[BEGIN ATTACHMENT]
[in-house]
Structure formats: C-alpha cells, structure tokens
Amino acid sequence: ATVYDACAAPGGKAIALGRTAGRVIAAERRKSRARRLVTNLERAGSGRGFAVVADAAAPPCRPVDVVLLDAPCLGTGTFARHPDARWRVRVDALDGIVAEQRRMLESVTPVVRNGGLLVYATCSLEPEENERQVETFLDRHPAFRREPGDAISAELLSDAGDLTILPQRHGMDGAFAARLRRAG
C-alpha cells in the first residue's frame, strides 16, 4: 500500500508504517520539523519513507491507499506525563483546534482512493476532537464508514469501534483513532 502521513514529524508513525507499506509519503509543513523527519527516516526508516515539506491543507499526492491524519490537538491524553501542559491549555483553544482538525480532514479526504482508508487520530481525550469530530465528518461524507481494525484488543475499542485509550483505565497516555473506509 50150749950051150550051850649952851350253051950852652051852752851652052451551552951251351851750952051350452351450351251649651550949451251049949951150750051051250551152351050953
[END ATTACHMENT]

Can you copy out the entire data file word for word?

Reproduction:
[in-house]
Structure formats: C-alpha cells, structure tokens
Amino acid sequence: ATVYDACAAPGGKAIALGRTAGRVIAAERRKSRARRLVTNLERAGSGRGFAVVADAAAPPCRPVDVVLLDAPCLGTGTFARHPDARWRVRVDALDGIVAEQRRMLESVTPVVRNGGLLVYATCSLEPEENERQVETFLDRHPAFRREPGDAISAELLSDAGDLTILPQRHGMDGAFAARLRRAG
C-alpha cells in the first residue's frame, strides 16, 4: 500500500508504517520539523519513507491507499506525563483546534482512493476532537464508514469501534483513532 502521513514529524508513525507499506509519503509543513523527519527516516526508516515539506491543507499526492491524519490537538491524553501542559491549555483553544482538525480532514479526504482508508487520530481525550469530530465528518461524507481494525484488543475499542485509550483505565497516555473506509 50150749950051150550051850649952851350253051950852652051852752851652052451551552951251351851750952051350452351450351251649651550949451251049949951150750051051250551152351050953